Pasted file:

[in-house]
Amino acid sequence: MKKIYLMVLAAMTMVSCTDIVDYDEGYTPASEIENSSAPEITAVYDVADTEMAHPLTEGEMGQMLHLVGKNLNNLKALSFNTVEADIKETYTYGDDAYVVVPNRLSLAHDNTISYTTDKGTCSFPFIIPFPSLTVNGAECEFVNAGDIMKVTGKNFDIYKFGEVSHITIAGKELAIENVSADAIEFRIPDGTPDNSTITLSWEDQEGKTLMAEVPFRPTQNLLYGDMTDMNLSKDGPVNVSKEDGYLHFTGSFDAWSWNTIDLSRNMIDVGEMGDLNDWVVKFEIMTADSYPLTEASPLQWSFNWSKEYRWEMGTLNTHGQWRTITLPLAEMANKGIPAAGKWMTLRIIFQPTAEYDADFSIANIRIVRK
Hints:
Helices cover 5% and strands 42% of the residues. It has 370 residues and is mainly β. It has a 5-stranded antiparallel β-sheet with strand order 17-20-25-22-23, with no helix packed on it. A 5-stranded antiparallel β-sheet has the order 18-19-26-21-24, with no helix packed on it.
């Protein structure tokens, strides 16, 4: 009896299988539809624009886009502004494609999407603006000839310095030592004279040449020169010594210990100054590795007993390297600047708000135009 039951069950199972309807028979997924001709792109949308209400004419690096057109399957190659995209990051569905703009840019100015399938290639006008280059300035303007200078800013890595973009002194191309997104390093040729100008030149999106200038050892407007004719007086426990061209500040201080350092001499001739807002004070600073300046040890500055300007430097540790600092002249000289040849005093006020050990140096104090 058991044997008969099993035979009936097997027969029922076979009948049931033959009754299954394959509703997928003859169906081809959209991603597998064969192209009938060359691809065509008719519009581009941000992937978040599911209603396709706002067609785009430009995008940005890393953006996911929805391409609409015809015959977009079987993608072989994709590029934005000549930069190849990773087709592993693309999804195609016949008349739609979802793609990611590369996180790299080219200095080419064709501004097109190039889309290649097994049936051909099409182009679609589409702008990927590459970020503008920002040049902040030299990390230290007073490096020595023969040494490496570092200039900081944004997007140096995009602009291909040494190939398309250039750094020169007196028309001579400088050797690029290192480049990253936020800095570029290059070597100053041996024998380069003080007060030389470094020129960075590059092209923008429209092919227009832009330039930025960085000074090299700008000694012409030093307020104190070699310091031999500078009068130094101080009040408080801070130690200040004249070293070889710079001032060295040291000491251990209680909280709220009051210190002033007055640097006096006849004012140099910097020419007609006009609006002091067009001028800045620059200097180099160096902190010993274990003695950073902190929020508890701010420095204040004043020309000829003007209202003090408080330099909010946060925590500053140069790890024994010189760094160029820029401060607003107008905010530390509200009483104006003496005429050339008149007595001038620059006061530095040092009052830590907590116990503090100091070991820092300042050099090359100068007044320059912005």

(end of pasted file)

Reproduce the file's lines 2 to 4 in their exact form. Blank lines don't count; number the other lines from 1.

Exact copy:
Amino acid sequence: MKKIYLMVLAAMTMVSCTDIVDYDEGYTPASEIENSSAPEITAVYDVADTEMAHPLTEGEMGQMLHLVGKNLNNLKALSFNTVEADIKETYTYGDDAYVVVPNRLSLAHDNTISYTTDKGTCSFPFIIPFPSLTVNGAECEFVNAGDIMKVTGKNFDIYKFGEVSHITIAGKELAIENVSADAIEFRIPDGTPDNSTITLSWEDQEGKTLMAEVPFRPTQNLLYGDMTDMNLSKDGPVNVSKEDGYLHFTGSFDAWSWNTIDLSRNMIDVGEMGDLNDWVVKFEIMTADSYPLTEASPLQWSFNWSKEYRWEMGTLNTHGQWRTITLPLAEMANKGIPAAGKWMTLRIIFQPTAEYDADFSIANIRIVRK
Hints:
Helices cover 5% and strands 42% of the residues. It has 370 residues and is mainly β. It has a 5-stranded antiparallel β-sheet with strand order 17-20-25-22-23, with no helix packed on it. A 5-stranded antiparallel β-sheet has the order 18-19-26-21-24, with no helix packed on it.